Iowa Football

Iowa football is confidently explosive these days

Hawkeyes rip off another big offensive day on the road in rout of Indiana

BLOOMINGTON, Ind. — What we’re seeing is an Iowa football offense that is destroying and delighting.

A quarterback throwing six touchdown passes in a game, that’s not standard stuff. Two tight ends each collecting over 100 yards in catches. A team averaging 462 yards over the last four games. Back-to-back games of 48 and 42 points on the road in the Big Ten.

But this is more than numbers. This is about attitude, aggression. This isn’t a Hawkeye offense taking an occasional shot downfield and then immediately settling back into more-predictable ways. This is going for the kill, play by play, possession by possession, quarter by quarter.

And if this continues, game by game.

“We’re trying to be a championship-level football team around here,” Iowa tight end T.J. Hockenson said, and you’ve been hearing “championship-level” from Hawkeye mouths regularly in recent weeks.

“I think once you get up on a team, you need to step on the gas. That’s what we’re trying to do. Whether or not we’re doing it right now, we’re trying.”

Iowa’s 42-16 win at Indiana Saturday was everything a reasonable person could have asked of the Hawkeyes at Memorial Stadium, and considerably more.

For the second-straight week, Iowa peeled off touchdowns on its first two drives. Instead of flinching when the opponent scores, the Hawkeyes are muscling up.

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Their defense is fine. We knew it would be, or at least felt it should. The offense, however, has crossed a bridge from unknown quantity to force-to-be-reckoned-with.

“When it’s clicking like that,” wide receiver Ihmir Smith-Marsette said after Saturday’s game, “it’s a hard thing to stop.

“We’ve got the passing game going, the run game going, pick your poison.”

Stanley’s six passing touchdowns makes one assume this is Air Ferentz, but the Hawkeyes passed 33 times and rushed 32, and you’ll take Saturday’s 159 rushing yards in any conference road contest.

“I think it all starts with the run game,” said Hockenson, who had 107 receiving yards and two touchdowns.

Yes, but. This isn’t Iowa’s passing game of 2017, or 2016. This is vertical, not horizontal. This is staying on the gas, and Stanley has been the cool driver with the lead foot.

“Whatever’s working in the game plan,” Stanley said, “that’s what the coaches continue to do.”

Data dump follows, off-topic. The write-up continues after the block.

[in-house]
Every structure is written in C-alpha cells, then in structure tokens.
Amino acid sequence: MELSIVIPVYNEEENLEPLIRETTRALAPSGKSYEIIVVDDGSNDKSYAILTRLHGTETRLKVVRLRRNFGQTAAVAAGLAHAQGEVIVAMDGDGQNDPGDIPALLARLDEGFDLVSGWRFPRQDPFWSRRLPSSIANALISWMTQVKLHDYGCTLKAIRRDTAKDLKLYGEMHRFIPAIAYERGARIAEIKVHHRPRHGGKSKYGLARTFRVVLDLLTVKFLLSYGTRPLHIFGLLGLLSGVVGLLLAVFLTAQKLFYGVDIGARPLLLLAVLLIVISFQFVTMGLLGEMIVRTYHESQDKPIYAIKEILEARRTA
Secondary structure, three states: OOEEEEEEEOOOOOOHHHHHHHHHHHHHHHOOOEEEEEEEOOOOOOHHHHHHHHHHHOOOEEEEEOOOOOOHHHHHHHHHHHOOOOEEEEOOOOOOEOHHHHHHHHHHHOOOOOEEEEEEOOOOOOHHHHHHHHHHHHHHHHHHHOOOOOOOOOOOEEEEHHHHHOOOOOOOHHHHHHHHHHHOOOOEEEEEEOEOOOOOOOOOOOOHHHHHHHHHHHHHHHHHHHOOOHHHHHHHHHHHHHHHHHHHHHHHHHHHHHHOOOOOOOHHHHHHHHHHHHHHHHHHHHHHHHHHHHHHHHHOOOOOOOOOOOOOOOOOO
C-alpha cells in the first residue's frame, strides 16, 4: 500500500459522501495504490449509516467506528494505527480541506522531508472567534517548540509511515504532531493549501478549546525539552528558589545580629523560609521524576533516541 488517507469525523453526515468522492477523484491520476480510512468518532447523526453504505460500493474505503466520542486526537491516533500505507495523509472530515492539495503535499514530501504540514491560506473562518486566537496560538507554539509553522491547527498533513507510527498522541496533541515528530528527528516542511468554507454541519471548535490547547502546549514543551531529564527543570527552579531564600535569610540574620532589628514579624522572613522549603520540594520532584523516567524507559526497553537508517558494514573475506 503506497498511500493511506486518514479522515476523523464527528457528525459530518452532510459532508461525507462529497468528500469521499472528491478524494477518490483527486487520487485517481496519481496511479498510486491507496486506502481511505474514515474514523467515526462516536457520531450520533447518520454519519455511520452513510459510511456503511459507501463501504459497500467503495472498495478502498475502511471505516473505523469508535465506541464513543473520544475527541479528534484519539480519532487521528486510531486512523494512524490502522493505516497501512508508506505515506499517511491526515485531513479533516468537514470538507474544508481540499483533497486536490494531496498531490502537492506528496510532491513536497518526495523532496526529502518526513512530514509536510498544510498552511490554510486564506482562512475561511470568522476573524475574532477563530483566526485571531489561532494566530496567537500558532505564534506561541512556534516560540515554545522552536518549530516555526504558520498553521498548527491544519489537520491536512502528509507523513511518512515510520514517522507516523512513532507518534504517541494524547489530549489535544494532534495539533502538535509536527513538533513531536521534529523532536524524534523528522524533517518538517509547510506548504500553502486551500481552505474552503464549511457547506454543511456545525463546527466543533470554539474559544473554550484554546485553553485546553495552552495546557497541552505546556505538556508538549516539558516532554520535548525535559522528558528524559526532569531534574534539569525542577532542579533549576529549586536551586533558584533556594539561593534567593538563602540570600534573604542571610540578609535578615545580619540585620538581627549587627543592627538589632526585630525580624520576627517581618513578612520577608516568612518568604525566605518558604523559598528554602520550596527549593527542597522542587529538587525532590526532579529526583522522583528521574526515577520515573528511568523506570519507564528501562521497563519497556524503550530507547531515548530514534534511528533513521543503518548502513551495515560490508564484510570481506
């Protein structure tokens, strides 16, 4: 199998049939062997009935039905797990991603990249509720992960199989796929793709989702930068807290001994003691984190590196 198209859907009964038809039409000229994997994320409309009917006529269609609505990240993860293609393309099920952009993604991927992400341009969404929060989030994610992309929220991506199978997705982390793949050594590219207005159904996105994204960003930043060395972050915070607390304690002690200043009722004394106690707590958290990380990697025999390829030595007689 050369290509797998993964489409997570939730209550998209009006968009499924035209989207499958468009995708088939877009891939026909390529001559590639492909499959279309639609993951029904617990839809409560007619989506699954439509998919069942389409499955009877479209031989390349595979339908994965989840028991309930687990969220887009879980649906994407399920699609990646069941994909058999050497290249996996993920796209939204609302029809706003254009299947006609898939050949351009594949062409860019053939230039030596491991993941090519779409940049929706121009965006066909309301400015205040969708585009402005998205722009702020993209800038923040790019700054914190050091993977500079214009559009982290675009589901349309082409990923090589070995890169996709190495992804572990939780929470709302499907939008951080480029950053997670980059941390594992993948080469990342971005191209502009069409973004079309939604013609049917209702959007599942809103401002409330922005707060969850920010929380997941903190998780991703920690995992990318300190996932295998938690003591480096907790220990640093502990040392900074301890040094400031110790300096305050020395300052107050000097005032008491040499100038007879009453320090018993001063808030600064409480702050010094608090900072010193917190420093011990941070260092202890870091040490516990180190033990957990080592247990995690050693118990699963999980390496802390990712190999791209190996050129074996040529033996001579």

But second-year offensive coordinator Brian Ferentz can afford to be a swashbuckler when his second-year starting quarterback keeps evolving, along with a lot of other second-year guys.

“If you just look at us compared to a year ago,” head coach Kirk Ferentz said, “we had two freshmen tackles, two freshmen receivers fresh out of high school, and one of the tackles out of high school. Really, T.J. was not an experienced guy and Noah (Fant) played 18 snaps or something like that his first year. So we were just a really young team.”

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There isn’t a weak link on offense. If the quarterback is just another quarterback, though, it would be just another offense. Stanley has 14 touchdown passes in his last four games.

“I would say he’s getting better every day pretty much,” sophomore offensive tackle Alaric Jackson said. “In practice, during the game, everything he does is a step forward for us.”

Talents like Fant and Hockenson make Stanley better. He makes them look like All-America candidates. When Smith-Marsette and Brandon Smith add consistency to their skill sets, this offense may become a rocket.

“It’s Year 2 of the offense,” Smith-Marsette said. “(Brian Ferentz) knows what he has on his hands and what he can dial up.”

Smith-Marsette had a 60-yard kickoff return in the second quarter that started out looking ill-conceived when he picked it up at the 2.

“I’m not going to fair-catch it,” he said, “because I believe in myself to go out there and get my team in a better position. So whenever they kick it off to me, I believe it’s going to go back for a touchdown.”

That sounds the way Iowa’s offense looks lately. The confidence is getting contagious. The explosions are getting louder.

l Comments: (319) 368-8840; mike.hlas@thegazette.com

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